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Children learn about their environment from infancy, and this goes hand in hand with how they interact with their surroundings. When they are ready to enter daycare, your little one will begin to interact with their world through different types of play, and this is essentially how they learn. Discover the different types of play children engage in, and what they mean for your child.
Types Of Play At A Glance
Most of the types of play can include solitary play, fantasy play, onlooker and parallel play, associative play, social and co-operative play, physical play, constructive play, and games play. This is not a closed list, but is most relative to the different types of play your child may participate in at daycare. Some types of play may overlap with others as well.
When kids begin to develop from their home environment to a more social environment like their daycare, they tend to first engage in solitary play. Essentially what this means is that your child tends to play alone using their imagination. This is not a bad thing as it’s important for children to be comfortable with themselves first, before they can be comfortable with each other.
Often solitary play goes hand in hand with fantasy play whereby your child will use their rich imaginations to pretend that they are playing with other children, people or pets. Of course fantasy or imaginary play also links with social play, but more about that a little later.
Parallel or Onlooker Play
When your child begins to feel more comfortable around the other kids, they may start to engage in play alongside other kids, but not yet with other kids. This can most likely be described as parallel play or onlooker play. Here, your little one is more intrigued with how other kids play and what they are playing with, rather than their own play. So your child may either not be playing at all and merely be looking, or they may be playing next to a peer, but by themselves. This is all ok – every type of play is fine, and children should not be pushed too hard too soon to be involved with a type of play they may not be ready for yet.
Your child may also engage with associative play, playing alongside other kids, but not necessarily playing the same game or having the same goals in mind. This is still a great way for them to begin to play with other children and to prepare them for more interactive play with other children.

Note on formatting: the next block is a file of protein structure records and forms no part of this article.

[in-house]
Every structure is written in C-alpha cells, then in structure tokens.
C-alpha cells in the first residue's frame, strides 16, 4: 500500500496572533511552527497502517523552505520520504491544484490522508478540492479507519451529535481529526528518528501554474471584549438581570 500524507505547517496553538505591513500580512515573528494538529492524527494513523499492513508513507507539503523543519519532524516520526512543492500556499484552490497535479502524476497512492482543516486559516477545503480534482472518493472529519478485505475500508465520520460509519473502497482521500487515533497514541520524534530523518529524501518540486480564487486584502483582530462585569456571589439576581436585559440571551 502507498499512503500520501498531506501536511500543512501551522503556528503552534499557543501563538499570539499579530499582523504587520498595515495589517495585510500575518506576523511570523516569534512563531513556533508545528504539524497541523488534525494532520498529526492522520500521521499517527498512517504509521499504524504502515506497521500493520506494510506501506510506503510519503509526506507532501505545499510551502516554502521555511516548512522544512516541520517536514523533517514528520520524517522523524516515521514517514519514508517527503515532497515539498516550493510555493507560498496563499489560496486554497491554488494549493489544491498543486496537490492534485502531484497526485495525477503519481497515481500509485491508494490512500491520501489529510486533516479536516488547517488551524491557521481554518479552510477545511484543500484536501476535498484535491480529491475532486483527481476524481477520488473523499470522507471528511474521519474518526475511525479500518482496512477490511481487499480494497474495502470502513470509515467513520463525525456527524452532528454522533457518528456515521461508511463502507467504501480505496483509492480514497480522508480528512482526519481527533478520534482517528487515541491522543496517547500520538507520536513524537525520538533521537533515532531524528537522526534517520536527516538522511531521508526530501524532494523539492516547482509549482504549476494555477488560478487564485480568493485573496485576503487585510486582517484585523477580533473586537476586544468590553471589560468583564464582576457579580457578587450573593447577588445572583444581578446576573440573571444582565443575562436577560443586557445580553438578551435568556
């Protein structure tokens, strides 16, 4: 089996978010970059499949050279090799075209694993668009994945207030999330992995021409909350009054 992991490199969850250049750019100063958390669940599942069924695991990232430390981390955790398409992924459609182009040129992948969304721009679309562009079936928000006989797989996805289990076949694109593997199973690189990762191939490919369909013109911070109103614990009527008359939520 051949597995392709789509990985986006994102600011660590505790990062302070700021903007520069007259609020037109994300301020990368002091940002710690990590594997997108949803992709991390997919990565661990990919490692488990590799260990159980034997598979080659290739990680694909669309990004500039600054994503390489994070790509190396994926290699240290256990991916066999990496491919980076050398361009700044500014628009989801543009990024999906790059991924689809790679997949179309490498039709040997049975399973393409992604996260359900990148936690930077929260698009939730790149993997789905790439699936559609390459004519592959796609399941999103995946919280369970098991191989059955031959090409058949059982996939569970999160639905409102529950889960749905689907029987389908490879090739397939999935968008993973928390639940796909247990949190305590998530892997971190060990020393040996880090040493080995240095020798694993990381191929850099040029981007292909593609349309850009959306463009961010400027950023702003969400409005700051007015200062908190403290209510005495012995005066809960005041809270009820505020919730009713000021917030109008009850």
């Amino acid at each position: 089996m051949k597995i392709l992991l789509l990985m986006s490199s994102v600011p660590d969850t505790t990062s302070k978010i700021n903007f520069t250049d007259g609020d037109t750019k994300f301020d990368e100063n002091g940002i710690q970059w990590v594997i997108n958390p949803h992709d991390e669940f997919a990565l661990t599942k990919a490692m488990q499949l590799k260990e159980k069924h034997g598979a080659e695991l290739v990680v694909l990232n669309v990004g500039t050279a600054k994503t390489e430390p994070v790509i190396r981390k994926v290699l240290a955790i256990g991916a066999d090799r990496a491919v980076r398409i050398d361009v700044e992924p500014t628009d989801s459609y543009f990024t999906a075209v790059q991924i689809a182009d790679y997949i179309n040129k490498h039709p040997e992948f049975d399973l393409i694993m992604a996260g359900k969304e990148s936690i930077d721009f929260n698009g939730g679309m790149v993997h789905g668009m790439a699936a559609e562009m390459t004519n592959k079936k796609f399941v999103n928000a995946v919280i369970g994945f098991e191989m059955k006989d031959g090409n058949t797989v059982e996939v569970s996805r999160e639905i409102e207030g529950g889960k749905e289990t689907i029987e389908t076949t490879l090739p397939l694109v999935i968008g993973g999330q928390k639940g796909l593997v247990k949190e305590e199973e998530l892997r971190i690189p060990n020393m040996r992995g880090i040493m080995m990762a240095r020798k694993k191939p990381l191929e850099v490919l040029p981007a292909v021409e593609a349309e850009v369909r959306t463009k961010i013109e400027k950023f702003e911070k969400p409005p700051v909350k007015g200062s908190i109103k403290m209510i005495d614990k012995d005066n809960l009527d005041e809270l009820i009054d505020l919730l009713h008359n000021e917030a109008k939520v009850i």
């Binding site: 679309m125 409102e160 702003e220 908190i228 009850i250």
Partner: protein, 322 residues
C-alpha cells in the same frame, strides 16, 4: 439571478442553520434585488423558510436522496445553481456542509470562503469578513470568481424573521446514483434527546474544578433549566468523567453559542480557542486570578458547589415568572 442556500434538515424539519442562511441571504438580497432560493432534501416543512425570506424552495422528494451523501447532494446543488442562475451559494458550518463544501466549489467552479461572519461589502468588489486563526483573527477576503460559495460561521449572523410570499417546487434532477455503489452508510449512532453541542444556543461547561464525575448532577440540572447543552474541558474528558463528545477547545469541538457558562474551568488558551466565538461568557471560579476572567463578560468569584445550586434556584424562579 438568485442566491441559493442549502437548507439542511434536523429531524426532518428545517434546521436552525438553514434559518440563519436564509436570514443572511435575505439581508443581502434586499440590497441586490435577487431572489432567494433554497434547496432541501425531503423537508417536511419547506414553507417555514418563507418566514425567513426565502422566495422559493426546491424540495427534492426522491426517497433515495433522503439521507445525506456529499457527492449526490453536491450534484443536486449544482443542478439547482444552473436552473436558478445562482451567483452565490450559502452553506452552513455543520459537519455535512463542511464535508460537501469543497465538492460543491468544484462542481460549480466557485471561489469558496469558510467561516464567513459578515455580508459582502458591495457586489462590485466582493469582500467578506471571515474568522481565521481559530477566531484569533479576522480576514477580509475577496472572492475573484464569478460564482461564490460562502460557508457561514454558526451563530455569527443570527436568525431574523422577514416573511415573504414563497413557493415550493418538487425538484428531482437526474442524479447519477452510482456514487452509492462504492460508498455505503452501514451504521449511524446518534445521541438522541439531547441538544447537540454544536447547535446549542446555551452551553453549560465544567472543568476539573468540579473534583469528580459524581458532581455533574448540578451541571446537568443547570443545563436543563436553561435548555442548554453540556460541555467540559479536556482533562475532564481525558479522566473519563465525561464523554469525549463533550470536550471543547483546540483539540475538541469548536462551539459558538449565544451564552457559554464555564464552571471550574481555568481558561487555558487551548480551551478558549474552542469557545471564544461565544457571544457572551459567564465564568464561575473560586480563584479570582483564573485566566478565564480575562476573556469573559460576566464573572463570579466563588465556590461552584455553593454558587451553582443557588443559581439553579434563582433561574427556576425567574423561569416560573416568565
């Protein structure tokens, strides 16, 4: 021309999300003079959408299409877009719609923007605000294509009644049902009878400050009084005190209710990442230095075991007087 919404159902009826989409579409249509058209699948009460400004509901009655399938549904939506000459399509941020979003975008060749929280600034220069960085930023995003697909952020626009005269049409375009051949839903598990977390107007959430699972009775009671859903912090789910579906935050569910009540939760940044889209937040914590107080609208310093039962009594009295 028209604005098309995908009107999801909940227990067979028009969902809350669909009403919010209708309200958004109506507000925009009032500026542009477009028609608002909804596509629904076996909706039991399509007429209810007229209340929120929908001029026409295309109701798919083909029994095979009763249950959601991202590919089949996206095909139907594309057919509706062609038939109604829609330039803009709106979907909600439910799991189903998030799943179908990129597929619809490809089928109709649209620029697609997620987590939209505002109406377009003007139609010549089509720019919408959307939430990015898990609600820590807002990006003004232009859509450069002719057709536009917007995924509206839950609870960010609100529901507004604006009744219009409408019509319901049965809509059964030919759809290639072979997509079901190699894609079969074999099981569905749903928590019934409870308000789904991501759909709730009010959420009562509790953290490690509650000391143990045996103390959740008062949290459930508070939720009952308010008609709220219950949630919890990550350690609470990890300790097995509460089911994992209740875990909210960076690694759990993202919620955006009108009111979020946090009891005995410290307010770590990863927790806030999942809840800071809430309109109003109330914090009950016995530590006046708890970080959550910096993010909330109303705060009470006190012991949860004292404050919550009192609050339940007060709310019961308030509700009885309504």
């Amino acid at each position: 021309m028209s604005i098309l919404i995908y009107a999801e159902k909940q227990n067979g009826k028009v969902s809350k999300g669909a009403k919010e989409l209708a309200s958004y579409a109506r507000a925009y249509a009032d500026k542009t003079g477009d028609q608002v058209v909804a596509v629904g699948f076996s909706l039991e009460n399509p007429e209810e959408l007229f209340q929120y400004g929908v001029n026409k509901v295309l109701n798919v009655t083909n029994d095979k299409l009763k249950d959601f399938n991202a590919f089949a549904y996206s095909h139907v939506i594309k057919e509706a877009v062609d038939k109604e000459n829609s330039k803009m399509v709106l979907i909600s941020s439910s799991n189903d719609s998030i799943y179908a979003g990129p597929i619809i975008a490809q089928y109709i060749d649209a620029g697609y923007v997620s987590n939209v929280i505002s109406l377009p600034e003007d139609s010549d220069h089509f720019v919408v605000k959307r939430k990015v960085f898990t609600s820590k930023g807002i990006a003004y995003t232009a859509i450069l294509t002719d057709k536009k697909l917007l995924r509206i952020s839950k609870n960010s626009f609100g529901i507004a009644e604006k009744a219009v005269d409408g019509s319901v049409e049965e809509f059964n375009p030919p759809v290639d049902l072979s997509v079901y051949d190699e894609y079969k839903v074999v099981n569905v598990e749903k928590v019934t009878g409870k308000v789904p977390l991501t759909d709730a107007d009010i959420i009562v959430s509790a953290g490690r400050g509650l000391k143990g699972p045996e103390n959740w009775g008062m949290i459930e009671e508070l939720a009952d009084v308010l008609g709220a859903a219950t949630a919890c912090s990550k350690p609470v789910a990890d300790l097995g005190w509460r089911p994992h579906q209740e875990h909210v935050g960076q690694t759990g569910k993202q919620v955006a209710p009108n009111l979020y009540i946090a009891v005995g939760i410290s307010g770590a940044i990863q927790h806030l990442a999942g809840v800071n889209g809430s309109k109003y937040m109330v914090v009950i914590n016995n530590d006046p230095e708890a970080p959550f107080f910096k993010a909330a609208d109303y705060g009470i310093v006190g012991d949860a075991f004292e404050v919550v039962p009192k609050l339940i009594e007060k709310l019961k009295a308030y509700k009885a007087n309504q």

When children begin to feel more at ease with the other kids on the playground, they will begin to progress to social play. This is where they learn teamwork and how to interact with others. With this type of play, your child will play games with the other children, they will learn to give and receive, say please and thank you, and will learn communication and social skills. This can also be seen as co-operative play, as kids learn to co-operate with one another in a reciprocal setting.
Physical play is where your child will use their muscles in active play, and in so doing develop nerve and brain function. The three correlate with each other, and using physical strength and activity during playtime will help with their overall motor-skills. This in turn fosters healthy brain activity, so it is very important that kids be given the opportunity to engage in physical play.
Constructive Play & Games Play
On the intellectual side, constructive play and play involving games with rules are just as important. When kids construct imagined objects using building blocks, sand, or Lego, they are developing their conceptual, creative and intellectual skills through play. By participating in constructive play, kids discover how to construct things, what will work and what won’t, as well as develop their problem solving skills. Games play, on the other hand, children learn about the world and their place in it. This includes learning things like social rules, what is allowed and what isn’t, following orders, and obeying rules.
As you can see, children’s play is broad, and there is much to learn about children’s development stages, when looking at the type of play kids participate in at daycare. At Stone Brook Academy we care deeply about your child’s development and the types of play they may be engaging in. For more information on our center gives us a call at (763) 710-4478.